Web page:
Transgender opera “As One” makes a powerful Boston debut

January 26, 2018 at 2:31 pm

By Aaron Keebaugh

Scott Ballantine and xxx in Laura Kaminsky's "As One" at Boston Opera Collaborative. Photo: Dan Busler

Rebecca Krouner and Scott Ballantine in Laura Kaminsky’s “As One” at Boston Opera Collaborative. Photo: Dan Busler

Laura Kaminsky’s As One has finally come to Boston. A timely tale of a transgender young adult who gradually assumes and embraces her new identity, As One is currently a hot item. Since its premiere at Brooklyn Academy of Music in 2014, it has become the most performed opera on the new-music scene today.

Thursday night at the Longy School’s Pickman Hall, Boston Opera Collaborative presented the work in its highly anticipated Boston premiere. 

Kaminsky’s opera, with libretto by Mark Campbell and Kimberly Reed, unfolds in fifteen songs for baritone and mezzo-soprano that trace episodes in the life of Hannah, Before and After, as she emerges into her new persona. Hannah Before (Scott Ballantine) is a teenage boy who delivers papers while wearing a blouse underneath a flannel shirt. Societal pressures and norms cause her grief, and she is never comfortable in her surroundings. In class she questions the meaning of John Donne’s “No man is an island,” and teachers deem her handwriting to be too effeminate. Trying to be the perfect boy, she excels at sports and school in order to hide how she feels about herself.

Kaminsky’s nimble, minimalistic score for string quartet drives the story’s emotional arc and captures the heightened anticipation of Hannah’s private excitement and turmoil. Bluesy and lyrical passages for viola — which Kaminsky has described as Hannah’s third voice — wrap the drama in hushed, serious tones. 

There are also some touchingly humorous situations, as when the young Hannah sits through a sex education class and afterward quietly looks up “transgender” in a library card catalogue. Later jokes in the opera are more jarring, in keeping with the story’s more sober contemplation of the limits of tolerance.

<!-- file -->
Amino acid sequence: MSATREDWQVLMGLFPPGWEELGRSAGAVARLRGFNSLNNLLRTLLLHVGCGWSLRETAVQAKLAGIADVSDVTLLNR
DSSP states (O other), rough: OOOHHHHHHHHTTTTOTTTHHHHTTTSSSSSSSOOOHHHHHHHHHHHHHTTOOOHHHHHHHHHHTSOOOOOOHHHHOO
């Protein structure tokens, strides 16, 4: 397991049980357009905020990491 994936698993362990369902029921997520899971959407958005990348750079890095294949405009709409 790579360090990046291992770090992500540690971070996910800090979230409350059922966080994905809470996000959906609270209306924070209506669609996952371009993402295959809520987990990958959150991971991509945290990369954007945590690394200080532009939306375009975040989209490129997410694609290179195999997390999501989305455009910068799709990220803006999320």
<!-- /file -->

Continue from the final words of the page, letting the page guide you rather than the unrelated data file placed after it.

But As One is a nevertheless a poignant story containing universal struggles with loneliness, isolation from friends and family, and gradual self-realization. These ideas are more fully explored with the emergence of Hannah After (Rebecca Krouner) as a woman, who feels a sense of freedom when someone says “Pardon me, miss” on a train and when she flirts with a man for the first time in a cafe.

Things turn harrowing when the man confronts Hannah in a parking lot and threatens to kill her — a scene that is difficult to watch for its frank depiction of the hostility and violence that transgender people encounter. Hannah flees to Norway in search of safety and peace but at opera’s end returns home, no longer an island unto herself.

The opera often features both performers, Hannah Before and Hannah After, singing simultaneously on stage together, even as the two are portrayed — at least in the beginning of the work — as separate, unreconciled entities. As Hannah Before, Ballantine sang with a boldly projected baritone, while mezzo-soprano Krouner deftly handled Hannah After’s dexterous vocal lines. Singing as one (hence the title), they delivered a searching and powerful “To know,” in which Hannah wrestles with and begins to find a newfound sense of self.

Greg Smucker’s stage direction kept the action moving briskly and effectively. Simple chairs and tables were just enough to establish scenes at home or in a coffee shop. A multi-panel backdrop served as a screen for Reed’s accompanying film. (Reed is also credited as the real-life inspiration for As One.) 

Aside from a few pitchy moments, the string quartet—Marie Oka (violin), Liubomyr Senyshyn (violin), Hayley Murks-Abdikadirova (viola), and You Kyung Kim (cello), led by conductor Andrew Altenbach—played Kaminsky’s music with direction and momentum.

With its economy and short, 80-minute length, As One is a perfect vehicle for small opera companies looking to do something new and enticing. But it is the opera’s powerful human story that makes the work such a probing and emotional experience.

As One runs through Sunday at Pickman Hall.

Posted in Performances

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